Keeping gardening simple, not only makes it easier in the best of times, but could make all the difference in your chances for survival in hard times. I’ll go over many of the benefits of using my suggestions for doing that in this post.
Those who have a more complicated way of gardening may want to keep these benefits in mind just in case gardening becomes a matter of survival.
Survey reports 16-24 million new gardeners in 2020 and 2021
With all the gardening “methods” that are promoted online, I would imagine it was overwhelming for many beginning gardeners.
Many who chose what looked like an easy way to start may have found out that it was not what they’d hoped for.
How Do I Know?
I know because in my first 10 years of gardening I tried just about every organic method of gardening. In addition to my regular garden, I’d start a small section each year using a “new” method.
Why Did I Do That?
It was important to prove to myself that I was gardening — not only the easiest way – but the way that would give me the best results with minimal costs, time, and no watering (since I have no means to water).
At the end of my 4th decade of gardening, a broken leg and being out of commission for almost a year, proved to me even more that my way of gardening is about as close to no work gardening as one can get.
More Rare Benefits of Using the 3 Keys
_My 3 keys to success allow you to put your garden on hold if you can’t work it for a period of time. If you’ve prepared it as I suggest and have removed all perennial weeds, you can cover with a thick mulch to keep your garden until you can get to it.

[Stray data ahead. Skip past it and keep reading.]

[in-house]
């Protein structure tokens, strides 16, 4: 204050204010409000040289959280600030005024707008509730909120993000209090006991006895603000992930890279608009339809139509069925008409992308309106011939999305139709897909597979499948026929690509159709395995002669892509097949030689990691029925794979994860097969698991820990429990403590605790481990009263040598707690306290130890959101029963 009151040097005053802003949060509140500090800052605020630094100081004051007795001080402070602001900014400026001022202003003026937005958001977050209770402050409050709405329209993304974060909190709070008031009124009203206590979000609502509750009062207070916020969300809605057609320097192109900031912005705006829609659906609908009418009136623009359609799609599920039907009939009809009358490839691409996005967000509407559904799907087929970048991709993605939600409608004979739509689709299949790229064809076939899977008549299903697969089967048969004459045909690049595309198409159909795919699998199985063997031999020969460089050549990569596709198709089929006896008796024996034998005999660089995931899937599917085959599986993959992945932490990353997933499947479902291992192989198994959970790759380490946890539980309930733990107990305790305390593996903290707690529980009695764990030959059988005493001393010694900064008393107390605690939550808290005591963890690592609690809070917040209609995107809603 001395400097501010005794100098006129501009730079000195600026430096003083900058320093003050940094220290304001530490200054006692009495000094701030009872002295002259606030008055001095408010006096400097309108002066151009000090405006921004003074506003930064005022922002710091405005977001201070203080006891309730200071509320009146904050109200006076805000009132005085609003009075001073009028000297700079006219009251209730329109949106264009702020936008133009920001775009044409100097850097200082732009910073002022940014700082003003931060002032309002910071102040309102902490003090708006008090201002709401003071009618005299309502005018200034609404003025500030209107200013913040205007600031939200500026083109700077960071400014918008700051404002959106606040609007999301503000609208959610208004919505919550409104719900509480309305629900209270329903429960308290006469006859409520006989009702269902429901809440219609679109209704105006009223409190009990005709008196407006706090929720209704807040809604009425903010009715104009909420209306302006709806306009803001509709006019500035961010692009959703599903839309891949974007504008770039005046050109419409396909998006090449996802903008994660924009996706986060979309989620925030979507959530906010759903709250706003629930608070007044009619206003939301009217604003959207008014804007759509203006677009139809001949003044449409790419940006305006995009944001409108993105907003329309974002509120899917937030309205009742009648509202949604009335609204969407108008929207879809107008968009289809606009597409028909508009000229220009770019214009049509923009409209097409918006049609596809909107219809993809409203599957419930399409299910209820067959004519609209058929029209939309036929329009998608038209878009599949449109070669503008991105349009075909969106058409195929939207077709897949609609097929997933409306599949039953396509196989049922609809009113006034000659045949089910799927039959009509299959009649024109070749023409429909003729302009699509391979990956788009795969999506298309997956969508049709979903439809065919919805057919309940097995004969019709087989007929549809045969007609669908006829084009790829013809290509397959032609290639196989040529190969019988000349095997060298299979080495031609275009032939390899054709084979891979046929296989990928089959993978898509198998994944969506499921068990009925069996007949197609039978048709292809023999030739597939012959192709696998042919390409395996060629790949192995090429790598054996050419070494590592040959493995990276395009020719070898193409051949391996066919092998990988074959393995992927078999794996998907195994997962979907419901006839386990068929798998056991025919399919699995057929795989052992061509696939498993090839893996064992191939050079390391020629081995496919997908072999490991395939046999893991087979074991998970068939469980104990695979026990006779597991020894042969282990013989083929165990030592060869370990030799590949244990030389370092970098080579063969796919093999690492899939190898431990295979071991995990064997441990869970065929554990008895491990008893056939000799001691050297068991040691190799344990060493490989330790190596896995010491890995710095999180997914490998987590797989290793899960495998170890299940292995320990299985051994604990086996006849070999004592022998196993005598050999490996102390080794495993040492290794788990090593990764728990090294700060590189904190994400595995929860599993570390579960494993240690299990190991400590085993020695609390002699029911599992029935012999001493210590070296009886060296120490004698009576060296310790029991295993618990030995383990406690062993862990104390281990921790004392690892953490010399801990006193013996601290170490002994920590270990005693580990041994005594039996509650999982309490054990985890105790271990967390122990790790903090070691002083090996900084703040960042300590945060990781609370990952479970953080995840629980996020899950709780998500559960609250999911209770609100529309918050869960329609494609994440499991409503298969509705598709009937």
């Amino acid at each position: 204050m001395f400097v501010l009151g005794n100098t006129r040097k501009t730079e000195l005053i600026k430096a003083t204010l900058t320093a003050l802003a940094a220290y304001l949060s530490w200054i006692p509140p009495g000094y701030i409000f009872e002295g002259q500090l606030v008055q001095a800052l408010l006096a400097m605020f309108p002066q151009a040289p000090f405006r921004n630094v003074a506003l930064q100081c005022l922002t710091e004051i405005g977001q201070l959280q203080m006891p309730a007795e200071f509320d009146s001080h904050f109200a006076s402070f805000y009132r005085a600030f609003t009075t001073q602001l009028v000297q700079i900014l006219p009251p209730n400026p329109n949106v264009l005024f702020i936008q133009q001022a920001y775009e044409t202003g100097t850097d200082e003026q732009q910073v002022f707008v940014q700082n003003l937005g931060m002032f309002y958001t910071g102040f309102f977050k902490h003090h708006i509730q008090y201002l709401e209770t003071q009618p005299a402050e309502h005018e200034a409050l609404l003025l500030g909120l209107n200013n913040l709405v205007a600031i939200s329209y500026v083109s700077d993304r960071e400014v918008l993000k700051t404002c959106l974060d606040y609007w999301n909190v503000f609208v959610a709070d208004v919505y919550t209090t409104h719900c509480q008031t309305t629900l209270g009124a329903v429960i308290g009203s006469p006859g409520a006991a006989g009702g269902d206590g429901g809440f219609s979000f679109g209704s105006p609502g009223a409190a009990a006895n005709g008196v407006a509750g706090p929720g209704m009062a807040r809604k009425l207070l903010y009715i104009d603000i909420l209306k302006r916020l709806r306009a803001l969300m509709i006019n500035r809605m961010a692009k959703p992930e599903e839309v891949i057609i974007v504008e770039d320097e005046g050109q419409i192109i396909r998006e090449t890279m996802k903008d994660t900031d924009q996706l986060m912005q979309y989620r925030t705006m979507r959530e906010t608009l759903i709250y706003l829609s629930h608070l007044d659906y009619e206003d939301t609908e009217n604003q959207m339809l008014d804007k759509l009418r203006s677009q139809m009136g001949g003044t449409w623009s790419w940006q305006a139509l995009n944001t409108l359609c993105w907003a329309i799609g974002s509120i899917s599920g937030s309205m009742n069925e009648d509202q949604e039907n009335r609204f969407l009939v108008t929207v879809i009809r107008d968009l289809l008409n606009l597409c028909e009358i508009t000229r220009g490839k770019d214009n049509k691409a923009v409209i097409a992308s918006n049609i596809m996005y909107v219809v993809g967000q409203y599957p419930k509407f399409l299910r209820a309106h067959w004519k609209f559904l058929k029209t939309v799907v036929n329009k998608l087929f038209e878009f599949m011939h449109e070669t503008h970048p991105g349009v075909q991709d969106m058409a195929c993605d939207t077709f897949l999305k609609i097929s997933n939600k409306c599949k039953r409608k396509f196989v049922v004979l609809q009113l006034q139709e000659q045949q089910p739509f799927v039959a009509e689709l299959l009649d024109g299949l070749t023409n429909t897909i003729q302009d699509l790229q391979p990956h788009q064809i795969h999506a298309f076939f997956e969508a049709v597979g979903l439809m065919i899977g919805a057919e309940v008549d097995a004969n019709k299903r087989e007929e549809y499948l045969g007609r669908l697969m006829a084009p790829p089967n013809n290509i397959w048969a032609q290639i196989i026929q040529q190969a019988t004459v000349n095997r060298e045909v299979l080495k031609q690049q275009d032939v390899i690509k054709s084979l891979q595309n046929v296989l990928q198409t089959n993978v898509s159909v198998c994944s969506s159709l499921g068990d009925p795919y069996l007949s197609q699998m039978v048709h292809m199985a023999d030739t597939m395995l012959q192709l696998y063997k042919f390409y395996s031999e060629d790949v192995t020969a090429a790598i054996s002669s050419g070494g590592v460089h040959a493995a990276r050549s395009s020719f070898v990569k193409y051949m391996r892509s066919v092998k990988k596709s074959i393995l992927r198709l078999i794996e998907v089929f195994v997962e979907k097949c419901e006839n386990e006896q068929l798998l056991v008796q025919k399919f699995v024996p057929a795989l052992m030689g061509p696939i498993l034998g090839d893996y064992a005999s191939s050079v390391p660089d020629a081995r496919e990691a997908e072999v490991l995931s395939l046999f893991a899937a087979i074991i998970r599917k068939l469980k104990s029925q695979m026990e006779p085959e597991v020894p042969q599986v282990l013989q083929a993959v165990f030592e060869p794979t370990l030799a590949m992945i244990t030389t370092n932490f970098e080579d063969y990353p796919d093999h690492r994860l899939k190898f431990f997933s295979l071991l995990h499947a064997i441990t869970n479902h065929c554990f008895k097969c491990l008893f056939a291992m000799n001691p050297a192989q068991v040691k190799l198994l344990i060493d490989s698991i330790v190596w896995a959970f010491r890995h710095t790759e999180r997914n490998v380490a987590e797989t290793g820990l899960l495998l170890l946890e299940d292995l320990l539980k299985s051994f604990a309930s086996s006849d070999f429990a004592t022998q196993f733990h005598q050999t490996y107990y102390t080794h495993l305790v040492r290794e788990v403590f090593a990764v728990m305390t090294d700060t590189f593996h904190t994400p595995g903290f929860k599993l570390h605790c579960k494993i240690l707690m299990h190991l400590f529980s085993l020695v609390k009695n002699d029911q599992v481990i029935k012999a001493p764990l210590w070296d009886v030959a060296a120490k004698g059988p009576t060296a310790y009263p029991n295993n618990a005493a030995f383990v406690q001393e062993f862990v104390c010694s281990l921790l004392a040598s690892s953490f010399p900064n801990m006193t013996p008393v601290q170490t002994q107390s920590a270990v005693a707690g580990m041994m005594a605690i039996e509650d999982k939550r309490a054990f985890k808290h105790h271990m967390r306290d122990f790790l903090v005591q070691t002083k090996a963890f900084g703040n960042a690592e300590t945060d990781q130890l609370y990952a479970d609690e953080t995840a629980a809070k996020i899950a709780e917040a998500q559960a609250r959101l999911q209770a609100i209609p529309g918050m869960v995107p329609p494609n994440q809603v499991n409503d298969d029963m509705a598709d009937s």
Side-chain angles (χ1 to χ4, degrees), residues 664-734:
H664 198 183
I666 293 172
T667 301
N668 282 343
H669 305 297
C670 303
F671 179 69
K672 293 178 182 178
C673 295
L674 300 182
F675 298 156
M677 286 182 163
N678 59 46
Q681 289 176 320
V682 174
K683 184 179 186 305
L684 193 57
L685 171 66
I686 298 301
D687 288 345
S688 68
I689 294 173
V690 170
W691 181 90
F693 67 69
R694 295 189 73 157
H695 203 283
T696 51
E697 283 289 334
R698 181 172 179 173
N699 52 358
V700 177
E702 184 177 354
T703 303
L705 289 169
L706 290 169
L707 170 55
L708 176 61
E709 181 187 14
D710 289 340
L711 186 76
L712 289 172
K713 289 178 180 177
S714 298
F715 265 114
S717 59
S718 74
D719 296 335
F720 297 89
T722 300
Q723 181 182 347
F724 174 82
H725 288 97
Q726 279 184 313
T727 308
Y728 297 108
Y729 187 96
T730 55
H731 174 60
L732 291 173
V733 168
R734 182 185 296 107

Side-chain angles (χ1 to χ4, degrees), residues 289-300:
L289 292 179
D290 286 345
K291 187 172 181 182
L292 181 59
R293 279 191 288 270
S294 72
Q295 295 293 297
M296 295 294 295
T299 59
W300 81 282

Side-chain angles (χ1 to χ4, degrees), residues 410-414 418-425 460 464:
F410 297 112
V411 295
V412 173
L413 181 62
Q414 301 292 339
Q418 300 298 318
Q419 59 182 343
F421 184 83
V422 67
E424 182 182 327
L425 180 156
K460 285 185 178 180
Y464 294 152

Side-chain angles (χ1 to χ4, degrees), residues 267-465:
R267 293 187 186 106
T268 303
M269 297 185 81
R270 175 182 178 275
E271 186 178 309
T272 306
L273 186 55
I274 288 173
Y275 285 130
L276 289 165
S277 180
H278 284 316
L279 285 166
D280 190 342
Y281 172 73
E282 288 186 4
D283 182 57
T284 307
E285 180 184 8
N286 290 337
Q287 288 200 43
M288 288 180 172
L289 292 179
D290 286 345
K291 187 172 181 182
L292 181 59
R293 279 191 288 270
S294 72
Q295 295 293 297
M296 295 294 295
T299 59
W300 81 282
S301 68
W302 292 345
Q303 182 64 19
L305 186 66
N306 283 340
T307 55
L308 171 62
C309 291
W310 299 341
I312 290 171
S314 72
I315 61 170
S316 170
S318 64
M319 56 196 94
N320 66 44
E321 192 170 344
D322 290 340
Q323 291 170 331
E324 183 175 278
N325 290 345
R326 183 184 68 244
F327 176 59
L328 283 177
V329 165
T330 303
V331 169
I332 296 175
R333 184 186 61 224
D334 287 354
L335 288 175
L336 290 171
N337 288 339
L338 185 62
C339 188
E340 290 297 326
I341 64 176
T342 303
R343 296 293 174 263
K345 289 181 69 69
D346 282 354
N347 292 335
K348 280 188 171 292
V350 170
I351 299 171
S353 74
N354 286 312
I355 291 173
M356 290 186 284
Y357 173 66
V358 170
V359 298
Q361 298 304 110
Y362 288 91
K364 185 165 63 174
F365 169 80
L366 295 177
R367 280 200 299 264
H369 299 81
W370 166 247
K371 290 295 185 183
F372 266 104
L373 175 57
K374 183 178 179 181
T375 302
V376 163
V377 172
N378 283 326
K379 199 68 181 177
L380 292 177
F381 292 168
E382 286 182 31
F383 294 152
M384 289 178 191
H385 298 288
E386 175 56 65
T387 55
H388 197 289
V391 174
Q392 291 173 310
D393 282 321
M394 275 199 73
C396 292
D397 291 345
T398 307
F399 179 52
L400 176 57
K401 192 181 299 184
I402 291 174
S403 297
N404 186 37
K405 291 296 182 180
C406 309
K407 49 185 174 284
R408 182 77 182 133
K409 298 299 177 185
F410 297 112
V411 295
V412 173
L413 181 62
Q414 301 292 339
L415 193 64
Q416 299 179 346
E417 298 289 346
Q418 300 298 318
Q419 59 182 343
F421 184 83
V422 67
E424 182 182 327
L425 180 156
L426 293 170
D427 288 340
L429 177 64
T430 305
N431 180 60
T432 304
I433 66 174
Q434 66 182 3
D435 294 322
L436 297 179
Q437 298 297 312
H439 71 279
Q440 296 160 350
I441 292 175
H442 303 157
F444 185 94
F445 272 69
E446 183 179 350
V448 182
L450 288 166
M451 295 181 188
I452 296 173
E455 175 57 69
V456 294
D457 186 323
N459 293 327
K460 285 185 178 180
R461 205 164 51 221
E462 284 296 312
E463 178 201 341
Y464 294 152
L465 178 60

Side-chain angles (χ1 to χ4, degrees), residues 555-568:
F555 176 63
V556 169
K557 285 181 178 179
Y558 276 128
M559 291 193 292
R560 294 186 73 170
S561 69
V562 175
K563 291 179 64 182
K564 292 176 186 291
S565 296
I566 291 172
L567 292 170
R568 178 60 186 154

_You can even use your spring weeds to maintain your garden. Details of that technique were explained in various emails to TMG subscribers when I was using it in 2019 while recovering from being “down and out” for so long.
_ And it’s so easy you don’t need power tools. So if the grid goes or if you can’t get fuel, you can still garden.
At almost 80 years of age, slow as molasses, and walking with a crutch, I still keep my 2,500 square foot garden with a few simple hand tools as I’ve done for 42 years.
By following my suggestions for keeping gardening simple, you’ll find
- costs are minimal,
- weeding can be kept to about 10 minutes every day or so
- and raising food won’t be as time consuming as you may think.
Two Things to Consider BEFORE Choosing What You’ll Plant and How Much
These are two things that will go a long way towards saving you a lot of time and keeping gardening simple.
#1 – Be Realistic About What You Can “Tend”
I know from experience exactly what I’ll be able to “tend to” when it comes to growing food. Thus, I don’t plant more than I can handle OR more than I can use.
If you’re new to gardening and get into a situation where you find that inexperience has caused you to take on too much you can still benefit from those extra crops. Here’s how:
By pulling up what you can’t handle and piling on a bed your soil will benefit as it decays. Nothing will be wasted. Cover with straw or leaves and when it’s finished decaying you can leave it on that bed or spread it on your other beds. (You can also do this with any excess you may have that can’t be preserved.)
#2 – Consider What Benefit Each Crop Offers You and Your family
- Nutritional Value
- Storage potential (with and without power if the grid were to go down)
- Ease of harvest
- What other crops will come in at the same time adding to each day’s harvest time
- It’s a family favorite
Final Thought – Stay Tuned
In the next post I’ll list various crops I grow, tell you why I grow them, and give other miscellaneous pieces of information that might help you in your garden.
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